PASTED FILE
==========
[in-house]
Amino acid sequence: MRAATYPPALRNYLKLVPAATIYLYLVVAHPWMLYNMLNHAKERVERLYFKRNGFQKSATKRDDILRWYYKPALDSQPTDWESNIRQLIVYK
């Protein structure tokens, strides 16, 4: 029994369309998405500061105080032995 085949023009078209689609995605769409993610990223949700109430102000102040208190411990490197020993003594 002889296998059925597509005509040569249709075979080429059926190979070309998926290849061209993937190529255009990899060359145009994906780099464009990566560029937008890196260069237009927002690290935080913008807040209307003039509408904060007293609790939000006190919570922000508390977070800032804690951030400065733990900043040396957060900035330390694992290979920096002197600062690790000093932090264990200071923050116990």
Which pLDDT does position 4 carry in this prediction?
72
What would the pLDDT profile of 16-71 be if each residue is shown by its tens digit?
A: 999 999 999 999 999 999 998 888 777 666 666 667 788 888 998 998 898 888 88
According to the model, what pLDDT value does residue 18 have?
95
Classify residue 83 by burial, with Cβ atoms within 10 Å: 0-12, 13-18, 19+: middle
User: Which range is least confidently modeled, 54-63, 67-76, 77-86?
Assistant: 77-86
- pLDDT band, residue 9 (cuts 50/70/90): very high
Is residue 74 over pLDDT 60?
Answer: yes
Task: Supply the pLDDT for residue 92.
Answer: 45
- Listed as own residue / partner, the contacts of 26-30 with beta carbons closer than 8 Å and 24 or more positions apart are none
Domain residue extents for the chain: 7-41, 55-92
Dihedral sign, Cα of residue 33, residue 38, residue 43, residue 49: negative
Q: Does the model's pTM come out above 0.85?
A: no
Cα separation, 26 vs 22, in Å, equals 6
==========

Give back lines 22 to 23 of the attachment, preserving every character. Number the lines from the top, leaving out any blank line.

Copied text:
A: no
Cα separation, 26 vs 22, in Å, equals 6